Re: DSM: Video games

From: Allan Saugstad (asaugstad@vsb.bc.ca)
Date: Thu May 10 2001 - 11:17:05 EDT


Christopher Weeks wrote:

Is this antisocial "meanness" the kind of psychological phenomenon that you feel
from your computer games at all?

Sometimes I escape into this race car game I am trying to master. There is this
one race in the snow through these treacherous mountains, and I just can't seem to
ever master the course. I try and try and eventually start getting frustrated. I
even start swearing out loud, even though my kids are around. If anyone tries to
interrupt me I get a little knarly. When finally stopping, usually because I have
to do something else, I feel exhausted and frustrated. In my mind I think "what a
fool I am, I would have been much better off playing with my three-year old or
staring out the window for an hour". After awhile though, I 'm ready to tackle the
game again!! I do agree with you to a point about the range of emotions. I still
love the thrill and even the frustration of competitive games. The agony of it all
can be excitingly dramatic. I just think that for me, right now, most games,
especially difficult games, are not worth it for me. But can I stop? Hmm.....

Thanks for your comments. I appreciate your insights.

Allan

Christopher Weeks wrote:

> Allan Saugstad wrote:
>
> > Just wanted to throw my two cents worth in on video games, if I'm not
> > too late.
> >
> > I used to be a bonafide expert at a whole whack of games. I spent many
> > hours in my youth mastering a wide range of arcade and computer games.
>
> Me too.
>
> [lots of stuff with which I agree, snipped]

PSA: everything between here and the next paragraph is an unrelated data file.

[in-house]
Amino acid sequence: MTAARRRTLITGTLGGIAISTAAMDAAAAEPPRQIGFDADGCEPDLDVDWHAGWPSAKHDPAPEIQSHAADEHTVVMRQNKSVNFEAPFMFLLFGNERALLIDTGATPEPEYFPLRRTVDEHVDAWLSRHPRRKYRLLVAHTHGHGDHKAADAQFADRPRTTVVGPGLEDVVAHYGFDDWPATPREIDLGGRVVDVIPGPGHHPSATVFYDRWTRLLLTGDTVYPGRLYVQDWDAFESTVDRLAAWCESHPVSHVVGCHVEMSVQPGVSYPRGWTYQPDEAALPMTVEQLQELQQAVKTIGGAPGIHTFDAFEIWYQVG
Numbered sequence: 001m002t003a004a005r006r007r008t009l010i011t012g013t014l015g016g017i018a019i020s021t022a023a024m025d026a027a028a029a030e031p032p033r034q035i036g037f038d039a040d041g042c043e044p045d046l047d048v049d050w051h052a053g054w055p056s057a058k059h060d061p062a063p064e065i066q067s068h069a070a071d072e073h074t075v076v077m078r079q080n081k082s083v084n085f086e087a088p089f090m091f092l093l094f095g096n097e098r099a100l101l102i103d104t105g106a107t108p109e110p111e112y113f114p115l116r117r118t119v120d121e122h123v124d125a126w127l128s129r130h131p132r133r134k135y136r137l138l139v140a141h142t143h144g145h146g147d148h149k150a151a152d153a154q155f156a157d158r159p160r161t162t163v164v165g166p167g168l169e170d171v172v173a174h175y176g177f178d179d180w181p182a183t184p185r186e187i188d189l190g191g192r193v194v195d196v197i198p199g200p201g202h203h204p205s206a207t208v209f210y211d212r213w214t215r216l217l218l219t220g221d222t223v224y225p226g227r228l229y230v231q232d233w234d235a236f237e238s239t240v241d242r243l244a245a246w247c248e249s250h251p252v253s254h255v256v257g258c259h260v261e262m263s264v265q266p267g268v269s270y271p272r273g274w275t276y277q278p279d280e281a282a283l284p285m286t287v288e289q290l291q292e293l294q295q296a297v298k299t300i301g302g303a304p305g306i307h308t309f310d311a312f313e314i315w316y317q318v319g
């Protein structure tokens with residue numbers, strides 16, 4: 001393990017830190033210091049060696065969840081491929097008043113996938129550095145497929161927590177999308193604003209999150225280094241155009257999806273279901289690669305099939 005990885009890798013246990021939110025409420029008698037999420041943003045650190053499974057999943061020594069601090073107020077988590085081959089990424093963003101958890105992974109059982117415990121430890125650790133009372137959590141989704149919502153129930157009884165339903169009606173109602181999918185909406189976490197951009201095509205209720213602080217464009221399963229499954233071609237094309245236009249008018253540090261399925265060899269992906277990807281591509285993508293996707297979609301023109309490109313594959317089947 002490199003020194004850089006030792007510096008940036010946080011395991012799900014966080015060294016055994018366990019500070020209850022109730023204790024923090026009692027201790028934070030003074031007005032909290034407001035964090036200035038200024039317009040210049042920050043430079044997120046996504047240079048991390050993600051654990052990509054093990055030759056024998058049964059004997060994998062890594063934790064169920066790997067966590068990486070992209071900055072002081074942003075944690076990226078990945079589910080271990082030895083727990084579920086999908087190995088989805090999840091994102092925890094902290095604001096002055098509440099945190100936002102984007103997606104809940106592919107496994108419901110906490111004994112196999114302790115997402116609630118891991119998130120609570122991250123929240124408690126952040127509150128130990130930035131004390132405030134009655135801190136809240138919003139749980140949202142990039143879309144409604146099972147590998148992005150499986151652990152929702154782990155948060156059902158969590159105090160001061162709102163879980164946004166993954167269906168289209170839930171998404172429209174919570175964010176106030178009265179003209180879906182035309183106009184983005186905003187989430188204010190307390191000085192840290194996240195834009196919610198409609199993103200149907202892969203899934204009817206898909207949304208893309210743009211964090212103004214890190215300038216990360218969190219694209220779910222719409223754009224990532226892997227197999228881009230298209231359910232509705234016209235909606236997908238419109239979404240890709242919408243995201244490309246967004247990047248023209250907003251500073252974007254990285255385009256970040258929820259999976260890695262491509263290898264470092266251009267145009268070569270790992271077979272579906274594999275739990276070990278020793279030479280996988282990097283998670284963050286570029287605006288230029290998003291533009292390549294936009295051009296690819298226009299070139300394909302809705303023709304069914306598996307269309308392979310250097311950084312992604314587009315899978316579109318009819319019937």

>
> > As soon as I "finish" the game, it completely loses it's appeal.
>
> Yes. I've been doing it long enough that I have had several instances where
> I was able to go back to a game long (10+ years) after mastery and dismissal
> and play it with a very strange sense of nostalgic deja vu. The games
> sometimes regain some appeal in that way.
>
> > Life lessons, all of these, I think.
>
> Agreed. And you're going on to discuss the downside for you. I really think
> that each person needs to decide if the pros and cons balance out for them in
> a way that is beneficial. Video/computer games did for me when I was young.
> They do less so now. But so did soccer. I see many similarities between
> computer games and other games (sport, board games, whatever). No one
> complains if their kid is a soccer or chess fanatic.
>
> > On the downside though, video games are also a way to escape from real
> > life. Even now, in my mid-30's , I find myself turning on a video race
> > car game or golf game for a little entertainment. I tune out the world
> > and focus on the fun of the game. After a long while of total
> > absorption, I finally finish and I really feel spent - and not at all
> > relaxed or rejuvenated - kind of like I feel after reading the newspaper
> > for too long or TV. It's not healthy for me.
>
> Must you feel relaxed and/or rejuvenated for an activity to be healthy? If I
> go for a long bike ride, neither of those words describe how I feel. "Spent"
> does a much better job. I might get wound up playing a computer game, but at
> least I'm feeling something different. I like a range of feelings. If I
> want to relax I go sit in the hot tub and listen to the birds while I read.
>
> My son's mother has two brothers who are mentally captivated by video games
> and turn mean when they get to playing their little Nintendo/SEGA/whatever it
> is, and she is afraid of that happening to our son. It didn't happen to me
> or any of my friends, but that doesn't mean that it couldn't to him. I tend
> to think that their "wasted life" is more a result of a messed up home life
> as kids, but who knows. Is this antisocial "meanness" the kind of
> psychological phenomenon that you feel from your computer games at all?
>
> Christopher Weeks
>
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